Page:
Owens’ Legacy: a National Icon
Back home, amid the hoopla over his Olympic achievements at the 1936 Berlin Games, there were plenty of opportunities for Owens to take advantage of his fame. Soon enough, Owens signed on with a New York agent and was making money as a one-man show, running before baseball games and other athletic events against a hometown’s fastest athlete. In late 1936 in Cuba, that turned out to be a thoroughbred horse, after that country’s fastest runner, Conrado Rodrigues, pulled out of the event. With a 40-yard head start, Owens won the race and $2,000.
After a whirlwind of post-Olympic promotional activities and a brief return to Ohio State University in 1940, Owens settled into a life of nearly constant travel. Whether it was encouraging physical fitness among African Americans during World War II or promoting the Olympic ideals during the Winter and Summer Games, Owens was often on the road. He did take time to start several businesses, the first of which was the Jesse Owens Dry Cleaning Company, founded in 1938. That firm was in debt after about a year, however, and in 1939 Owens filed for personal bankruptcy. He also owed money to the Internal Revenue Service for failing to pay taxes on income earned after the Berlin Olympics. Decades later, he would be in trouble with the IRS again for failing to file income tax returns for several years in the late 1950s and early 1960s.
Owens was much more successful with several public relations firms, through which he worked on various promotional and advertising projects. Much of his income was earned on the road, however, from various appearances around the country, ranging from automobile dealers’ conventions to Kiwanis Club meetings to university symposiums. He also appeared in advertising and at promotional events for such corporations as Ford Motor Company and Sears, Roebuck and Company.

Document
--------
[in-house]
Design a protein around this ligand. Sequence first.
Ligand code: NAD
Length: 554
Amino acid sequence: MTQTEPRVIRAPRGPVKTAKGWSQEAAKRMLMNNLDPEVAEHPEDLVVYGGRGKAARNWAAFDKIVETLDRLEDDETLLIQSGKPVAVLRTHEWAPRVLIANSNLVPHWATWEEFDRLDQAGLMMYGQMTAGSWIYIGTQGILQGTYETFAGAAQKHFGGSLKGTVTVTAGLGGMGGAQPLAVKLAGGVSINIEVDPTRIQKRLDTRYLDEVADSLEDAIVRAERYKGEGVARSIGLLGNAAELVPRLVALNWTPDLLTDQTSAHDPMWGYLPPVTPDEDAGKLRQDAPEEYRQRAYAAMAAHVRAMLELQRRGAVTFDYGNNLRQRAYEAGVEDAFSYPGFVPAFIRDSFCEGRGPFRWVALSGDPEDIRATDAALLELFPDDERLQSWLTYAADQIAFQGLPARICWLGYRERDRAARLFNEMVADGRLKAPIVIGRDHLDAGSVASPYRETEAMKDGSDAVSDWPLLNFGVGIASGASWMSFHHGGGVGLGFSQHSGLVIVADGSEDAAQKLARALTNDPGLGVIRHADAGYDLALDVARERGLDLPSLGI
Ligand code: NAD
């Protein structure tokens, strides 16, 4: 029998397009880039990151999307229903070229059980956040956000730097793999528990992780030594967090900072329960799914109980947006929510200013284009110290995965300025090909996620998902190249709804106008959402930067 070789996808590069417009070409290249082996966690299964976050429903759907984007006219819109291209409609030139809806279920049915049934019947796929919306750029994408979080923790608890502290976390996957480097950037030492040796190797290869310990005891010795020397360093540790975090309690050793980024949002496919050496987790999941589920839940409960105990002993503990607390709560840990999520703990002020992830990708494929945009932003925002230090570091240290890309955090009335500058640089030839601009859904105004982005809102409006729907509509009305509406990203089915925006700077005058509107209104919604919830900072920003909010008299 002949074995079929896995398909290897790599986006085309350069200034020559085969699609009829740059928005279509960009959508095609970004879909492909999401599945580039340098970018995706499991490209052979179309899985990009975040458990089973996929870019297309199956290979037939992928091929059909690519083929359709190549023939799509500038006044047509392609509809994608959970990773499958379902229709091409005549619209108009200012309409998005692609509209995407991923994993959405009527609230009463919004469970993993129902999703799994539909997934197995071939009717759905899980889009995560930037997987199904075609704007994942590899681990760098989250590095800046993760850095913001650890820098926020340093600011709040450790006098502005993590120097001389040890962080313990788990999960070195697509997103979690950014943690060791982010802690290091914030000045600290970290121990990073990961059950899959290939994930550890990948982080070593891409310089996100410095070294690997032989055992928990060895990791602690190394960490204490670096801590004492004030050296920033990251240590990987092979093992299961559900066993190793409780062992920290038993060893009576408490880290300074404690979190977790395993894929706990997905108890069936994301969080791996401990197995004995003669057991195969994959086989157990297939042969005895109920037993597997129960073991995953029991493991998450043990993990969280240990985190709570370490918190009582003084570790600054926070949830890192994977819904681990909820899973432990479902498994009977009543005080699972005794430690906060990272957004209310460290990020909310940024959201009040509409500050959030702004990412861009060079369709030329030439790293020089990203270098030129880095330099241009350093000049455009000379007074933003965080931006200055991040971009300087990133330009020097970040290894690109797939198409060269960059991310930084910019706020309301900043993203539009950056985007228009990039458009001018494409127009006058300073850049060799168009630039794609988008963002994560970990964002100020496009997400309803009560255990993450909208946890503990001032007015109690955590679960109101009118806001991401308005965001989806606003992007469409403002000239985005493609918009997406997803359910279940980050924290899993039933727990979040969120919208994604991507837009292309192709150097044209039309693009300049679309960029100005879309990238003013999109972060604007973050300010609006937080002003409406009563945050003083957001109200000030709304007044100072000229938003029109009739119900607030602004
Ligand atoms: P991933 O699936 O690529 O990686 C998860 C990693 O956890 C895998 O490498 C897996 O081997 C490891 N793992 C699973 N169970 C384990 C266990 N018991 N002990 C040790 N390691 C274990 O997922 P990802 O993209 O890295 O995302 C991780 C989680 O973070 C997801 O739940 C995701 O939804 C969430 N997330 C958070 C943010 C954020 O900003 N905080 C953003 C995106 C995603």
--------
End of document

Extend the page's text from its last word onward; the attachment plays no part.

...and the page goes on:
Owens also made many appearances for various nonprofit causes and government programs. In the 1950s, for instance, as part of a Cold War effort to promote democracy aboard, the U.S. State Department asked Owens to tour Asia as a goodwill ambassador. Owens stayed involved as well in advancing the Olympic cause. In 1956, for instance, he and several other former U.S. Olympic champions attended the Summer Olympic Games in Melbourne, Australia, as personal representatives of U.S. President Dwight D. Eisenhower. In 1973, he was appointed to the board of directors of the U.S. Olympic Committee. In that position, he spent much of his time pushing for funding to equip and train U.S. athletes.
Meanwhile, Owens spent a lot of time working with charity groups, mostly serving as a role model for youngsters through his work with Boys’ Clubs of America and through his association with the ARCO Jesse Owens Games. Along the way, he was showered with statues, plaques and other mementoes to honor him. Four years before his death, in 1976, President Gerald Ford presented Owens the Presidential Medal of Freedom, the highest civilian honor given by the U.S. government.
In 1970, his memoir, Blackthink: My Life as a Black Man and White Man, was published. In it, Owens criticized the tactics used by African-American militants as being counterproductive. Though Owens had suffered discrimination as an athlete – his family was refused accommodation at a number of New York hotels when they traveled there to welcome him home from Berlin, for example – his message was that anyone could achieve his dream through hard work and perseverance. Critics said his fame had sheltered him too much from the harsh reality faced by most African Americans at the time.
Still, Owens had many fans, even those who were far too young to remember the 1936 Berlin Games. He drew crowds at all of his appearances, and he received many letters and cards over the years, some from people just looking for an autograph, but many from those who had been inspired by Owens’ achievements. In a mailgram decorated with teddy bears and dated Dec. 17, 1977, Andy Monfried of East Brunswick, New Jersey, told Owens: “Every time I go running I always think of you. When I come home from school I pretend I am you. … I have you in a Picture autograph in the safest place in the house. When I get older I will show my children and say one time this man was the best athlete in the world. It is a honor to have Jesse Owen (sic) Picture Autograph. Someday I will do what you did. And you’ll be proud of me.”
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